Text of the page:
Northern Foods has announced that profit before tax from operations during the 2006/07 interim period equalled GBP16.0m (US$30.37m), compared to GBP25.7m in the prior year period, in line with its expectations.

The UK manufacturer said that its chilled division operational improvement and simplification was progressing well, and the group’s central cost reduction programme was on target.

Revenue from continuing operations during the first half of the year was GBP645.1m, down from GBP651.9m last year.

The manufacturer said that revenue from retained businesses was up 3.6%, while profits from these operations before exceptional items was GBP25.3m, compared to GBP25.8m in the prior year period.
Northern announced an interim dividend of 1.5 pence per share, down from 3.4 pence per share last year, in line with rebasing announced in May 2006.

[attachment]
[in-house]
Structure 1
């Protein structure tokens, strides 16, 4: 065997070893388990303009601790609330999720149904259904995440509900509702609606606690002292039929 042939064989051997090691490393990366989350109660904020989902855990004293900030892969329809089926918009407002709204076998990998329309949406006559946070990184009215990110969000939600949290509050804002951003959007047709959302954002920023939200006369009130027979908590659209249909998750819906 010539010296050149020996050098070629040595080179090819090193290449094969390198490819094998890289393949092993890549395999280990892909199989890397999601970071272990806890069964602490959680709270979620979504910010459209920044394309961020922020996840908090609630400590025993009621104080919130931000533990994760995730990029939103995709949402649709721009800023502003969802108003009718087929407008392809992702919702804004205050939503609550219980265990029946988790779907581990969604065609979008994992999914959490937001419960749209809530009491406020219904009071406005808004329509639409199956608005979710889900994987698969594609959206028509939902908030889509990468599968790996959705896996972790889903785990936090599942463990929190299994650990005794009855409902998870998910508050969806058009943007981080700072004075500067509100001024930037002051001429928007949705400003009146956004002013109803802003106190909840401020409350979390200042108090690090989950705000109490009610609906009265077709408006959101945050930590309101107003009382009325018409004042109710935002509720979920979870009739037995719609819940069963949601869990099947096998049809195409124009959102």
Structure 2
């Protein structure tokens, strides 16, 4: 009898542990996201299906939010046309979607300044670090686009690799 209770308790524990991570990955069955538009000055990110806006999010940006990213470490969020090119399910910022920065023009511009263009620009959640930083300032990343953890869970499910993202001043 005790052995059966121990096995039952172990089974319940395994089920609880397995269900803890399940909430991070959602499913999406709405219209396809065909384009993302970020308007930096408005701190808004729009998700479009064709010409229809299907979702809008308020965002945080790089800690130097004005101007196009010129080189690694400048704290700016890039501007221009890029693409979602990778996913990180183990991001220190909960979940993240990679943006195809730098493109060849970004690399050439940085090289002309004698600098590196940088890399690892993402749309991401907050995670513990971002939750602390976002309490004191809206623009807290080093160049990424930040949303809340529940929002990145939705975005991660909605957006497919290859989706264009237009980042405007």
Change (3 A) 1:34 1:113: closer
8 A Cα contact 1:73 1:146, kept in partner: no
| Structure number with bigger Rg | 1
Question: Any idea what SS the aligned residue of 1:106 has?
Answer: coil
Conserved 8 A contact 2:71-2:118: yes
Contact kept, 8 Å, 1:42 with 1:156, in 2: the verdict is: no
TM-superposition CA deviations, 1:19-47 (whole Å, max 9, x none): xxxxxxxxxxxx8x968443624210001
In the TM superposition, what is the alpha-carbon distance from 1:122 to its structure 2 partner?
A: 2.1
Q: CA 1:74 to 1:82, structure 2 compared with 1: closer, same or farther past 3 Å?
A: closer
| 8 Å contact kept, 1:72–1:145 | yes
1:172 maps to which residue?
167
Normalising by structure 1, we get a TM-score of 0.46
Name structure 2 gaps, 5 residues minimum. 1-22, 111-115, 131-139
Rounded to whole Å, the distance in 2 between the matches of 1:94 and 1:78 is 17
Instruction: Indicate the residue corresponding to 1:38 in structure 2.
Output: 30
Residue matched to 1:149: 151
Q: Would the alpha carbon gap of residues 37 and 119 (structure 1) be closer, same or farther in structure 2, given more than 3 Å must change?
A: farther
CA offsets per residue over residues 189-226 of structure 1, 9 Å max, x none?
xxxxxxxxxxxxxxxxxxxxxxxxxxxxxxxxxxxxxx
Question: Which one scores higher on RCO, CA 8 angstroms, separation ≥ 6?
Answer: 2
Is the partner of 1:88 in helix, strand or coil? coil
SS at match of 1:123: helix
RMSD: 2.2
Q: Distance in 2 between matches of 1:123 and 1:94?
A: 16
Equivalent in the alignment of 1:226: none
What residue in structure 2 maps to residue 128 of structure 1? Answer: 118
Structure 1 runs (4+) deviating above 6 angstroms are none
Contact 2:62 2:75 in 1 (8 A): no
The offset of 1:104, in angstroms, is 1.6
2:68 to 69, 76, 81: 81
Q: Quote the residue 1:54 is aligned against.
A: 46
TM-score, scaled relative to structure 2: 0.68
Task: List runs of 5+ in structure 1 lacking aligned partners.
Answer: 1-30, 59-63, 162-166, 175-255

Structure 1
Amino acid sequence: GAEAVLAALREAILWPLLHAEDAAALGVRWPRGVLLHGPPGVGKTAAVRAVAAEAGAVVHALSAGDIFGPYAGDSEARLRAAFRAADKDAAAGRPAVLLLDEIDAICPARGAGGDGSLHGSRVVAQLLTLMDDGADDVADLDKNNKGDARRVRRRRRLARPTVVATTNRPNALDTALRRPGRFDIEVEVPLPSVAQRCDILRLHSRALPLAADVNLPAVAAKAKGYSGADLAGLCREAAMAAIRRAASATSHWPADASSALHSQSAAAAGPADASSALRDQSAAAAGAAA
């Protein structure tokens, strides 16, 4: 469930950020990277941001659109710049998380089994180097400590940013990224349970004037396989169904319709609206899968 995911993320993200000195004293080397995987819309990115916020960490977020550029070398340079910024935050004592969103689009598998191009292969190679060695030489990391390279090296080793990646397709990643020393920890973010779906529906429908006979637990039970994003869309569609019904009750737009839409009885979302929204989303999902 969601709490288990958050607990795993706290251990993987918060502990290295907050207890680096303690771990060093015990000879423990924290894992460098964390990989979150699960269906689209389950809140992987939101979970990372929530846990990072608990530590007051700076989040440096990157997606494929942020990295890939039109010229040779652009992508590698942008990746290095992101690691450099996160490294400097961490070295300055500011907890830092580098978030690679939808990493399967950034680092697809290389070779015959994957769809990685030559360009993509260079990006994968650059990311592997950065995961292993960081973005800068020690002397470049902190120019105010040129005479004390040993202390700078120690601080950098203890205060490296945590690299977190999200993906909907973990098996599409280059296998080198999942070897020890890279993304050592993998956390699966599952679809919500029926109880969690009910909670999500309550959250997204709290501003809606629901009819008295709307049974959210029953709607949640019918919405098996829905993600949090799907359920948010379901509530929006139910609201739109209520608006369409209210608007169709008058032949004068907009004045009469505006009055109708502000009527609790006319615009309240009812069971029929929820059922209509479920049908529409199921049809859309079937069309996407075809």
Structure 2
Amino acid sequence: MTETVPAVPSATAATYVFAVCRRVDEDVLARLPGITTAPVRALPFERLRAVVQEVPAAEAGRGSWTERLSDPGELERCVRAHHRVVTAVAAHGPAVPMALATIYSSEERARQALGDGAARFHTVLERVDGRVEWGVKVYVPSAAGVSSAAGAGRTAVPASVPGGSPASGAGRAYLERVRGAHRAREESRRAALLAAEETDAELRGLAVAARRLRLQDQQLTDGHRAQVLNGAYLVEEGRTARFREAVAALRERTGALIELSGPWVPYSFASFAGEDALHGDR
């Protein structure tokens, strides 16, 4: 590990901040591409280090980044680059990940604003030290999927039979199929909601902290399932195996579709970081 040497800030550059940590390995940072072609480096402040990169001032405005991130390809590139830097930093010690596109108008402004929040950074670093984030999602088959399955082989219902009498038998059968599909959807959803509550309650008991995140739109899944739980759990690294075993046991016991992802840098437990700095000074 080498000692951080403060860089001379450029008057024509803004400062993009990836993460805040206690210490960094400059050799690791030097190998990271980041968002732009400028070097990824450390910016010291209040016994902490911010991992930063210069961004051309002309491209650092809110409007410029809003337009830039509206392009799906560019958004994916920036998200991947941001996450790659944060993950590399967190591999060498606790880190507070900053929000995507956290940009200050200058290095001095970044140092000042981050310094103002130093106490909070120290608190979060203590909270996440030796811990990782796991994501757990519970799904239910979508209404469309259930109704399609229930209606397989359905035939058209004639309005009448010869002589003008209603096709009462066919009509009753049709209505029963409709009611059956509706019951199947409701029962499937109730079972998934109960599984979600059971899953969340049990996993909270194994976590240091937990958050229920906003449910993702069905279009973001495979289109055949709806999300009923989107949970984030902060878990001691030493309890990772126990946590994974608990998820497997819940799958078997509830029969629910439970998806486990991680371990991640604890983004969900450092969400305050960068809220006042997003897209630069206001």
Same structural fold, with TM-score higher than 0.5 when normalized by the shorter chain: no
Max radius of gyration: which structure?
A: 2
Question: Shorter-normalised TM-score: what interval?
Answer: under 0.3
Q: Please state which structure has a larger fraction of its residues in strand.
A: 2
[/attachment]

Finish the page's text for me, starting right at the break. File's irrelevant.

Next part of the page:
The company has, however, reduced its net debt to GBP327.5m from GBP399.2m in the prior year period, which it said reflected strong cash and capital management.

In terms of the company’s disposal plan, it said that remaining disposals were progressing in line with plans to achieve GBP200m total proceeds.

Strong brand performances were achieved by Goodfella’s pizza, Fox’s and Grassington’s, Northern Foods noted, while reporting a disappointing bakery division performance, impacted by highly competitive market, hot weather and speciality bread fire.

Northern Foods chief executive Pat O’Driscoll said: “2006/07 is a year of transition as we simplify and refocus the business around higher performing categories. Our improvement programmes are progressing to plan and our strong focus on cash generation will deliver significant incremental value.  There is much still to do but I am encouraged by our initial progress.”

In its outlook, the company said that in the second half-year, it expects to see a continuation of the challenging trading conditions that have impacted parts of the business, particularly in biscuits and the disposal businesses. Also, results for the full year will depend upon performance in the seasonally busier second half-year, it said.